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Isolation and characterization of non-cellulolytic Aspergillus flavus EGYPTA5 exhibiting selective ligninolytic potential

Hasanin, Mohamed S., Darwesh, Osama M., Matter, Ibrahim A., El-Saied, Houssni
Biocatalysis and agricultural biotechnology 2019 v.17 pp. 160-167
Aspergillus flavus, Fourier transform infrared spectroscopy, agricultural soils, agricultural wastes, biofuels, biopulping, catechol oxidase, cellulose, cellulosic fibers, cellulosic wastes, chemical analysis, endo-1,4-beta-glucanase, feeds, fungi, industrial applications, laccase, lignin, lignocellulases, lignocellulose, lignocellulosic wastes, nitrate reductase, organic fertilizers, peroxidases, polyphenols, pulp and paper industry, value-added products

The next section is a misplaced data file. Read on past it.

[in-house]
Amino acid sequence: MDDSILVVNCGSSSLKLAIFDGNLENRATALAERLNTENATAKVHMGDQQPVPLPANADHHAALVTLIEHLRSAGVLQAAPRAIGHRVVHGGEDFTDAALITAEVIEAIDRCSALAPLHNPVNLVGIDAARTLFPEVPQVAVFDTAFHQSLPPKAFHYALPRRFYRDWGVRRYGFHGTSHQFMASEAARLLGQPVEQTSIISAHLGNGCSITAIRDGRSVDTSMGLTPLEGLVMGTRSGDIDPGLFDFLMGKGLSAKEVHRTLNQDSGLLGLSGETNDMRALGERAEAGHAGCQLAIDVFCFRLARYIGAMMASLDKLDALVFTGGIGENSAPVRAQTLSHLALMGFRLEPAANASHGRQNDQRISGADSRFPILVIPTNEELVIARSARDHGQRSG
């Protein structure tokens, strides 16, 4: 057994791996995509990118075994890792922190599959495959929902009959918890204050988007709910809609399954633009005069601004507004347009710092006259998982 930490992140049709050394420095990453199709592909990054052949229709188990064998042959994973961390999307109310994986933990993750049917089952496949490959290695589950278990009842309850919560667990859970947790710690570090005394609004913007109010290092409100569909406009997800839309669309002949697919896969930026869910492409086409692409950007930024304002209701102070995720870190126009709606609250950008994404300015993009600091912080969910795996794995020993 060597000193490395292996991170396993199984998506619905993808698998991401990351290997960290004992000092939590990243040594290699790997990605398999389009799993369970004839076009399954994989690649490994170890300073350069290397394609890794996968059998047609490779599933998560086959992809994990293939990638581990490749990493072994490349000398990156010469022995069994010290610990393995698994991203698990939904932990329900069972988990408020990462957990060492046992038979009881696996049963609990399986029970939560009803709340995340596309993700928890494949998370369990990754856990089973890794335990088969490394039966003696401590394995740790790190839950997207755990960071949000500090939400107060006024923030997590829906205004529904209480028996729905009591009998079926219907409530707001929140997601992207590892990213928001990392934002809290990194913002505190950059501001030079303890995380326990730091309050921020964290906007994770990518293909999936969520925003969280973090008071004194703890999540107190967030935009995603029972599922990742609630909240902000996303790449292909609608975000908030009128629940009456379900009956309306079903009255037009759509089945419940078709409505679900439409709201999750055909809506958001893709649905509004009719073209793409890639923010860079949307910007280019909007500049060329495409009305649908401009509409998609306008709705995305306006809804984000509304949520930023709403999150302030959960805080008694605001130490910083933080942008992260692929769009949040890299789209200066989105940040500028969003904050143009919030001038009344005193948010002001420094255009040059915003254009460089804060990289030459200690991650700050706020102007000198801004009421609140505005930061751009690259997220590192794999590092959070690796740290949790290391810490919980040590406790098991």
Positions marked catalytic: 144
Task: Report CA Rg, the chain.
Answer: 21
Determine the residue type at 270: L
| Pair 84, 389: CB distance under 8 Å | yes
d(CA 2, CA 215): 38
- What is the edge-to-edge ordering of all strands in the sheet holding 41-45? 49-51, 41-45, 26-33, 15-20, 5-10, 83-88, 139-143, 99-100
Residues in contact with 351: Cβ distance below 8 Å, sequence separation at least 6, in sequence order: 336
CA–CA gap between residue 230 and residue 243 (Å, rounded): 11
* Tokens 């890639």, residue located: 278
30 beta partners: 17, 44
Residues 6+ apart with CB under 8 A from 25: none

Environmental applications of selective lignin-degrading fungi and enzymes are of great interest as alternate technologies for paper industry (biopulping), biofuels, organic fertilizers, animal feeds. For this reason, the current study aimed to isolate selective delignifying fungi to convert the abundant lignocellulosic agricultural wastes into value-added products. From five lignocellulolytic fungi isolated from agricultural soil rich with partial decayed wooden trimmings, one isolate was selected due to its selectivity towards lignin degradation. The selected non-cellulolytic fungus isolate was identified according to morphological and molecular techniques as Aspergillus flavus EGYPTA5 with accession number MH425453. This fungal strain has been proven to cause an efficient and selective degradation of lignin in agricultural lignocellulosic wastes without affecting cellulose content. Lignin peroxidases, laccase, polyphenol oxidase, nitrate reductase and cellulase enzymes from investigating strain were assayed in the current research. All the tested enzymes except cellulase were produced with various activity degrees. Lignin peroxidases were the most active enzyme produced under experimental conditions (reached to 2.45 U/ml). Physical and chemical analysis of lignocellulosic agricultural wastes as well as FTIR analysis confirmed that A. flavus EGYPTA5 could be used as an alternative technology for biotreatment of lignin-rich cellulosic wastes to degrade lignin without affecting cellulose fibers. The isolated fungus and/or its specific-lignolytic enzymes could be applied in various environmental and industrial applications.